Landowner Slapped With Wrongful Death Lawsuit After Deadly Hawaii Dam Break

Families of six of the seven people killed when a century-old earthen dam burst on the island of Kauai in March have filed a wrongful death lawsuit against the property's owners.

The lawsuit filed Thursday alleges the area surrounding the reservoir was illegally graded by landowner James H. Pflueger, causing the March 14 dam failure that unleashed more than 300 million gallons of water. The water cut a three-mile path of destruction to the sea.

Attorneys representing the victims' families said Pflueger repeatedly refused the state's request to inspect the property, a claim that Pflueger's attorney denied.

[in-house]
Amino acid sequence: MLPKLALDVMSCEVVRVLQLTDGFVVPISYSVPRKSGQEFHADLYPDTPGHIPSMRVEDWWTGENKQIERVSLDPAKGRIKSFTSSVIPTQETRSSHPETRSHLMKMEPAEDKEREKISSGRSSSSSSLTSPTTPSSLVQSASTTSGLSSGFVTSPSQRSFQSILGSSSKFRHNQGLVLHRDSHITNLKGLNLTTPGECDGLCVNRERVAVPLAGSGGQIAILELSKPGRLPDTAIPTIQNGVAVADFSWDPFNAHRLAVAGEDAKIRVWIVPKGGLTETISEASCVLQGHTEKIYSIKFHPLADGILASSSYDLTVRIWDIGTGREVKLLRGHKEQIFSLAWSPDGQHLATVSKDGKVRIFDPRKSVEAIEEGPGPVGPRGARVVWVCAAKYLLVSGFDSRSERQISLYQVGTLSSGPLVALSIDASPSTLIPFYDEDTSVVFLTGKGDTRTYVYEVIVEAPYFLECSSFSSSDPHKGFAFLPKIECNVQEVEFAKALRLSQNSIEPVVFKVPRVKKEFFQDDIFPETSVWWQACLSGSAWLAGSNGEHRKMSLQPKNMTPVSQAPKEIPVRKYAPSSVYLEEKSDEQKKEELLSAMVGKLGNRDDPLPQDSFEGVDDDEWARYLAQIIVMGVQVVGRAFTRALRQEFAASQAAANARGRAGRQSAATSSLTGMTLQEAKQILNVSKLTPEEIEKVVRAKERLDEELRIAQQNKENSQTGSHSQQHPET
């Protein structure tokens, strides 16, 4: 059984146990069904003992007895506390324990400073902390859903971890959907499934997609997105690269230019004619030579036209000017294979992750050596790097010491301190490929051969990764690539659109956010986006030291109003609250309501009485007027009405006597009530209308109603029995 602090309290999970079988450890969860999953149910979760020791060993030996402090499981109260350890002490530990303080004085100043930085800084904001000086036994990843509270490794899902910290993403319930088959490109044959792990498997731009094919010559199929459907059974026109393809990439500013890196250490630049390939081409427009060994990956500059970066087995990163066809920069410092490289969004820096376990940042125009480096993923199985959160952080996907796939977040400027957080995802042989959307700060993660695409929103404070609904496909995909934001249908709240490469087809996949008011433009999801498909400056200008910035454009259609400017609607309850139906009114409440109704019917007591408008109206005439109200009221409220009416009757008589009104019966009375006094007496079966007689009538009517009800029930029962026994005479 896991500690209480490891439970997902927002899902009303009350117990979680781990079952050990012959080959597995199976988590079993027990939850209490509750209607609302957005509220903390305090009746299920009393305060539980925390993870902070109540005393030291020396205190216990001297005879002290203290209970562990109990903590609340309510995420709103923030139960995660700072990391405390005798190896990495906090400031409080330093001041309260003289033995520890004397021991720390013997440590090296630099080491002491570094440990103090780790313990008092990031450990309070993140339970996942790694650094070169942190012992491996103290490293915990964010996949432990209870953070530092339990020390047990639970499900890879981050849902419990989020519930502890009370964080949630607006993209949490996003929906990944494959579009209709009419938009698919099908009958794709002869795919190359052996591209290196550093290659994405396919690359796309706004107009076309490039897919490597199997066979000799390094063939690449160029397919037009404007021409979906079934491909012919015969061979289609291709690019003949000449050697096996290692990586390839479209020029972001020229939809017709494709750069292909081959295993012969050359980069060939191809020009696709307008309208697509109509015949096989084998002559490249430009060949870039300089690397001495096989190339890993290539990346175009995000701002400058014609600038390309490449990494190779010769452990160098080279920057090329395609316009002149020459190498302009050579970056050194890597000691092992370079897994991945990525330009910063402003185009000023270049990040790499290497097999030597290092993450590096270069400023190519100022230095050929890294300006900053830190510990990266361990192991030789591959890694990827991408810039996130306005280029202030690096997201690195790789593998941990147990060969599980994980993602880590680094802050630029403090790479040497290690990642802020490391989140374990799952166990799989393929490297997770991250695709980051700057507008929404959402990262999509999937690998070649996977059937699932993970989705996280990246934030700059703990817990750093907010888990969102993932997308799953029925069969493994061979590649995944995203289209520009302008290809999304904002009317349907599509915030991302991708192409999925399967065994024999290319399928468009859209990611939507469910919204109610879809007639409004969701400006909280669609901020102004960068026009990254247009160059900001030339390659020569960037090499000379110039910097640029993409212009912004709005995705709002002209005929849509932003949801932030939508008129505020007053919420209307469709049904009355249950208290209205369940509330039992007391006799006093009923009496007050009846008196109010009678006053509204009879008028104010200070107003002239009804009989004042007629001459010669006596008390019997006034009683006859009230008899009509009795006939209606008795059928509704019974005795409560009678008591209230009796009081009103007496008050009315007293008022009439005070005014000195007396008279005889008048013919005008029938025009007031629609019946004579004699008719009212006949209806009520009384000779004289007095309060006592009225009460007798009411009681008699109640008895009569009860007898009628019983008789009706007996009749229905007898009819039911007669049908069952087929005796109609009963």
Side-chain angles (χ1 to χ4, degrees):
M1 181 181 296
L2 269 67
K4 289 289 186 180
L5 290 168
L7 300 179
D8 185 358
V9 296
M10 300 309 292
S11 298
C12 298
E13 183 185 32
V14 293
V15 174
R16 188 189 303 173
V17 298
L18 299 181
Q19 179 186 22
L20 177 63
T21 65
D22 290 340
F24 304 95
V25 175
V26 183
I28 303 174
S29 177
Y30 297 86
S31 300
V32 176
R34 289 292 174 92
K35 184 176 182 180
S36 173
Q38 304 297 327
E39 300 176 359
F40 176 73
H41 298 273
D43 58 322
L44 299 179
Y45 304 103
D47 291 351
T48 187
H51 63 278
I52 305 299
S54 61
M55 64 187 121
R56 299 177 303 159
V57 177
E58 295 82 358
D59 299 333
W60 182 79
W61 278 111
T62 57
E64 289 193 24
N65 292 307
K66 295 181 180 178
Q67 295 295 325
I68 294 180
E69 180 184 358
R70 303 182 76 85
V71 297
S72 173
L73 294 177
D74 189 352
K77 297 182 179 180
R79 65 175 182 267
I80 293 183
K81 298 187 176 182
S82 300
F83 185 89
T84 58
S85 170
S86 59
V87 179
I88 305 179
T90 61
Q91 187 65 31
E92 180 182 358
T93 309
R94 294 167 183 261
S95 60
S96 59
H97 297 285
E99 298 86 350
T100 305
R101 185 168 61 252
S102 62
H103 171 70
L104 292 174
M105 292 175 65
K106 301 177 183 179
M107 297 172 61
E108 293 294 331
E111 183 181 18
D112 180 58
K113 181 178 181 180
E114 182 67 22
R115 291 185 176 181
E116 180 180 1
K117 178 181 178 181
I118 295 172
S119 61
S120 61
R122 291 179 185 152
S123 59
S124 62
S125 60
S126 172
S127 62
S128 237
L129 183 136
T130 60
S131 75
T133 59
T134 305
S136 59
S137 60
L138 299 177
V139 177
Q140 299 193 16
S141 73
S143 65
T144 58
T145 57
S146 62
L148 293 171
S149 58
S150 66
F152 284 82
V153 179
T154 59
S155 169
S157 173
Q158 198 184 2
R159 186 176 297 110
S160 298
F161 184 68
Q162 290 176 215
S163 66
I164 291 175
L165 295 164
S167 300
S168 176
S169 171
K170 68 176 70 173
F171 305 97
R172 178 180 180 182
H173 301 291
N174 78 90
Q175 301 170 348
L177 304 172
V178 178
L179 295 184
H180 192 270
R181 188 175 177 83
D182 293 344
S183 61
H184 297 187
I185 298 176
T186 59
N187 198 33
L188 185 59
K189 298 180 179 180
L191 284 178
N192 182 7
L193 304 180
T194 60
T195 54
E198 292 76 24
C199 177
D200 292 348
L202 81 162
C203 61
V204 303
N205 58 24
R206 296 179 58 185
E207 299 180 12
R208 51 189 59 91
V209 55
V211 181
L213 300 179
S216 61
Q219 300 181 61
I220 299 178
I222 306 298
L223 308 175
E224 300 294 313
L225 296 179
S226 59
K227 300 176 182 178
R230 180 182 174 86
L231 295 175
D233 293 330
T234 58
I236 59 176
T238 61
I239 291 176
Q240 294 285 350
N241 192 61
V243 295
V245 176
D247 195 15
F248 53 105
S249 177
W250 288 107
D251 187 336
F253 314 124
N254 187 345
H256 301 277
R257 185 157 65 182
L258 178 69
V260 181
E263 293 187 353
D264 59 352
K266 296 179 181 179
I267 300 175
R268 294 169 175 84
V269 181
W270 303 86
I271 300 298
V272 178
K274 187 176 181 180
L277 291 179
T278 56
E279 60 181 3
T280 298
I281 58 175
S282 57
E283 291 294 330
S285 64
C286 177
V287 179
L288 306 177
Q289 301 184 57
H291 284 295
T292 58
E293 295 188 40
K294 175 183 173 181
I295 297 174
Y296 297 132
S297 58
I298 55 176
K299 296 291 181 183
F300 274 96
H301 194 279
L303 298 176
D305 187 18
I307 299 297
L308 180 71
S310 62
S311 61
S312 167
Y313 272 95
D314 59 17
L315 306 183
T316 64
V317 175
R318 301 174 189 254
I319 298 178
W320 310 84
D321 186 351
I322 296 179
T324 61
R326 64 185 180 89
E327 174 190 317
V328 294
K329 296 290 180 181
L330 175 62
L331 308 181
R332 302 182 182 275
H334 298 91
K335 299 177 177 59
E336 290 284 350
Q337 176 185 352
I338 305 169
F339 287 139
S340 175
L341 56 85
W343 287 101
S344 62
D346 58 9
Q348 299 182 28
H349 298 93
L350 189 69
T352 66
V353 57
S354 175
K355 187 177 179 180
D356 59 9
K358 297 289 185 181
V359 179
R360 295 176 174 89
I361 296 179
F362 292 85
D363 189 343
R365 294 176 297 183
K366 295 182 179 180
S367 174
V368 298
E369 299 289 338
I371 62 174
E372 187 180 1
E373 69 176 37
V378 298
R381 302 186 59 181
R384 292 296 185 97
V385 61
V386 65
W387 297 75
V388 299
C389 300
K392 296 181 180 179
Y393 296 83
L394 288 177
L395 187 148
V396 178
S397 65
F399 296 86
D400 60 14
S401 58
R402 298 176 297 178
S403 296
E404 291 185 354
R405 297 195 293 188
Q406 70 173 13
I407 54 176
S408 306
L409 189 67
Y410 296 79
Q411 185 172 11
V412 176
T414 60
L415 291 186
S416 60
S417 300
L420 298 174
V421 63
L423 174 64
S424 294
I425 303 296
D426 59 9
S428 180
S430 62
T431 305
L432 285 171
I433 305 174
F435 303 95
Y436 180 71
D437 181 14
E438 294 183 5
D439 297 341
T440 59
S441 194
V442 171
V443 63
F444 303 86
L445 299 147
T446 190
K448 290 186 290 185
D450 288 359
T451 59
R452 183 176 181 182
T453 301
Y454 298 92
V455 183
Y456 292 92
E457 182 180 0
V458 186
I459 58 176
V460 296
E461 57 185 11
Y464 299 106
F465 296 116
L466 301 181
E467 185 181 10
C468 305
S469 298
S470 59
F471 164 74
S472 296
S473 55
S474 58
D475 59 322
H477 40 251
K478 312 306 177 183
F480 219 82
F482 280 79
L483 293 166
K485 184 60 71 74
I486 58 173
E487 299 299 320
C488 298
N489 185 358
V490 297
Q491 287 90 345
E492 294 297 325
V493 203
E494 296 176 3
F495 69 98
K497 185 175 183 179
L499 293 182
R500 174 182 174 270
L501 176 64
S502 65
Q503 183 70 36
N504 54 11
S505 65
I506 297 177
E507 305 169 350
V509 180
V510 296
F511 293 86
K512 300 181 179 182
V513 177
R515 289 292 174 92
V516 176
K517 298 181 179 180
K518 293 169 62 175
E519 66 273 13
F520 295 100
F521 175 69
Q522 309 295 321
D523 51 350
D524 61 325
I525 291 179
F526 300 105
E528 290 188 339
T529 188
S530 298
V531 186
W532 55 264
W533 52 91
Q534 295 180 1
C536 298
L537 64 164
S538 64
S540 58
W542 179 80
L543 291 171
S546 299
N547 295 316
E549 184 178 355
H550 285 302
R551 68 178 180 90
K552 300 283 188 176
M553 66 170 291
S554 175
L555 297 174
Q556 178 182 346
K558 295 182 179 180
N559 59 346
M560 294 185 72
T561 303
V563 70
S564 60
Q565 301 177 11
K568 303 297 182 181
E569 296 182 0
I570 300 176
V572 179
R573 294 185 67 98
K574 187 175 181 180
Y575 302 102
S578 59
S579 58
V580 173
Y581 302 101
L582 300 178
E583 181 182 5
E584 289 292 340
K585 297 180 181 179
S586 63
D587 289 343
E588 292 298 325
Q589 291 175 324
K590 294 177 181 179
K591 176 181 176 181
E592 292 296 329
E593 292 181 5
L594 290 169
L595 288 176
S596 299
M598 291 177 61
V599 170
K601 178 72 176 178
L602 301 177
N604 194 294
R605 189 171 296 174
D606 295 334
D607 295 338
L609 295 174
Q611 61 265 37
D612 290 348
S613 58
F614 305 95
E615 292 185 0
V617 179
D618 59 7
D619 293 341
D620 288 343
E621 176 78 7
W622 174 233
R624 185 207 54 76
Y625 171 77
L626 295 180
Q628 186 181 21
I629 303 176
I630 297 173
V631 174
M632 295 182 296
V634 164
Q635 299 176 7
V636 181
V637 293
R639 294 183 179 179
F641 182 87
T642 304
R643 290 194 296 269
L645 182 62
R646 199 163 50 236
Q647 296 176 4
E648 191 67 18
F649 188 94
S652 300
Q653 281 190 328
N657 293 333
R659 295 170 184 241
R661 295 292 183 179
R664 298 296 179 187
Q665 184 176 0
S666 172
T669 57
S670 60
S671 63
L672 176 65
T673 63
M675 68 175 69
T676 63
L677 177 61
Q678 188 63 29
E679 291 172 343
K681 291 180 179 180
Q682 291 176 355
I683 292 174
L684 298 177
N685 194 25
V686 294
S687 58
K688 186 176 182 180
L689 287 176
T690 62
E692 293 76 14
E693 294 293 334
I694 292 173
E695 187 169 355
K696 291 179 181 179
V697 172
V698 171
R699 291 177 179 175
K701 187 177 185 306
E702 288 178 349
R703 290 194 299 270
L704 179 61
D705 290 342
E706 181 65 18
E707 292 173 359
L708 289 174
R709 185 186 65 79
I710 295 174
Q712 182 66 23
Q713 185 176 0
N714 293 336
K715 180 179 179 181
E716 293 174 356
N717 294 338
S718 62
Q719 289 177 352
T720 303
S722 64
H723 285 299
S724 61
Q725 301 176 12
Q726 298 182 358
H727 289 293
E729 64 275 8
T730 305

The lawsuit alleges Pflueger, a retired auto dealer, knew about seepage from the dam, but did nothing about the problem.

Pflueger's attorney, Bill McCorriston, said the state was aware of safety risks at the Kaloko dam as early as 1982, but did not share the information with the public or Pflueger. He said Pflueger, who bought the property in 1987, has allowed inspectors onto it on many occasions, adding the lawsuit contains many factual errors.

The lawsuit seeks unspecified special and punitive damages. It also names Pflueger Properties, Pflueger Management LLC, Pflueger Partners, Mary N. Lucas Trust and its trustee Carroll S. Taylor as defendants.

Plaintiffs' attorney Richard Fried Jr. said he is also preparing a separate lawsuit on behalf of 32 property owners whose properties were damaged. One of those, entertainer Bette Midler, is one the largest landowners in the area with 38 acres.

The water from the dam break swept away at least seven people — including a 2-year-old boy — while they slept. Only three bodies were recovered.

The state attorney general's office is investigating the dam break.